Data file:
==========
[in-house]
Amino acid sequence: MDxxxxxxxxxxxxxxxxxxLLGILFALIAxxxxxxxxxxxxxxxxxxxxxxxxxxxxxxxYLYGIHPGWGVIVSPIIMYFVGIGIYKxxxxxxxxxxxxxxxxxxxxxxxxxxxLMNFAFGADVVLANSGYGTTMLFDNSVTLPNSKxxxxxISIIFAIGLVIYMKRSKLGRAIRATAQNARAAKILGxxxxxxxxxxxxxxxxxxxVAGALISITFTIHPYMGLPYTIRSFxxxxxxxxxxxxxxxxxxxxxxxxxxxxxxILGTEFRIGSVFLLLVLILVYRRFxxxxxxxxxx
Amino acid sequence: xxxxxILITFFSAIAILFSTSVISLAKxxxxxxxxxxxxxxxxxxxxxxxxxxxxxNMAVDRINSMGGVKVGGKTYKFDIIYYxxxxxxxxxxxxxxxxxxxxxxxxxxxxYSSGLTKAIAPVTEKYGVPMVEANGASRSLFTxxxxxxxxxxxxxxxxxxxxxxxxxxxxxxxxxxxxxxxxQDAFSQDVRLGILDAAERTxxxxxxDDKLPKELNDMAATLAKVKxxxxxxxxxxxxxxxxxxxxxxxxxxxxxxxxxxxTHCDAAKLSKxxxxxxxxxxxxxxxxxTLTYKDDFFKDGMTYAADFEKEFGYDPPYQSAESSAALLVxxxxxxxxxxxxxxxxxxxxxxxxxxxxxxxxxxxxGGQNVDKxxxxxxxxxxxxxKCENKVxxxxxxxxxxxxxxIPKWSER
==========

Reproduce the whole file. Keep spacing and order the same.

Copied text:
[in-house]
Amino acid sequence: MDxxxxxxxxxxxxxxxxxxLLGILFALIAxxxxxxxxxxxxxxxxxxxxxxxxxxxxxxxYLYGIHPGWGVIVSPIIMYFVGIGIYKxxxxxxxxxxxxxxxxxxxxxxxxxxxLMNFAFGADVVLANSGYGTTMLFDNSVTLPNSKxxxxxISIIFAIGLVIYMKRSKLGRAIRATAQNARAAKILGxxxxxxxxxxxxxxxxxxxVAGALISITFTIHPYMGLPYTIRSFxxxxxxxxxxxxxxxxxxxxxxxxxxxxxxILGTEFRIGSVFLLLVLILVYRRFxxxxxxxxxx
Amino acid sequence: xxxxxILITFFSAIAILFSTSVISLAKxxxxxxxxxxxxxxxxxxxxxxxxxxxxxNMAVDRINSMGGVKVGGKTYKFDIIYYxxxxxxxxxxxxxxxxxxxxxxxxxxxxYSSGLTKAIAPVTEKYGVPMVEANGASRSLFTxxxxxxxxxxxxxxxxxxxxxxxxxxxxxxxxxxxxxxxxQDAFSQDVRLGILDAAERTxxxxxxDDKLPKELNDMAATLAKVKxxxxxxxxxxxxxxxxxxxxxxxxxxxxxxxxxxxTHCDAAKLSKxxxxxxxxxxxxxxxxxTLTYKDDFFKDGMTYAADFEKEFGYDPPYQSAESSAALLVxxxxxxxxxxxxxxxxxxxxxxxxxxxxxxxxxxxxGGQNVDKxxxxxxxxxxxxxKCENKVxxxxxxxxxxxxxxIPKWSER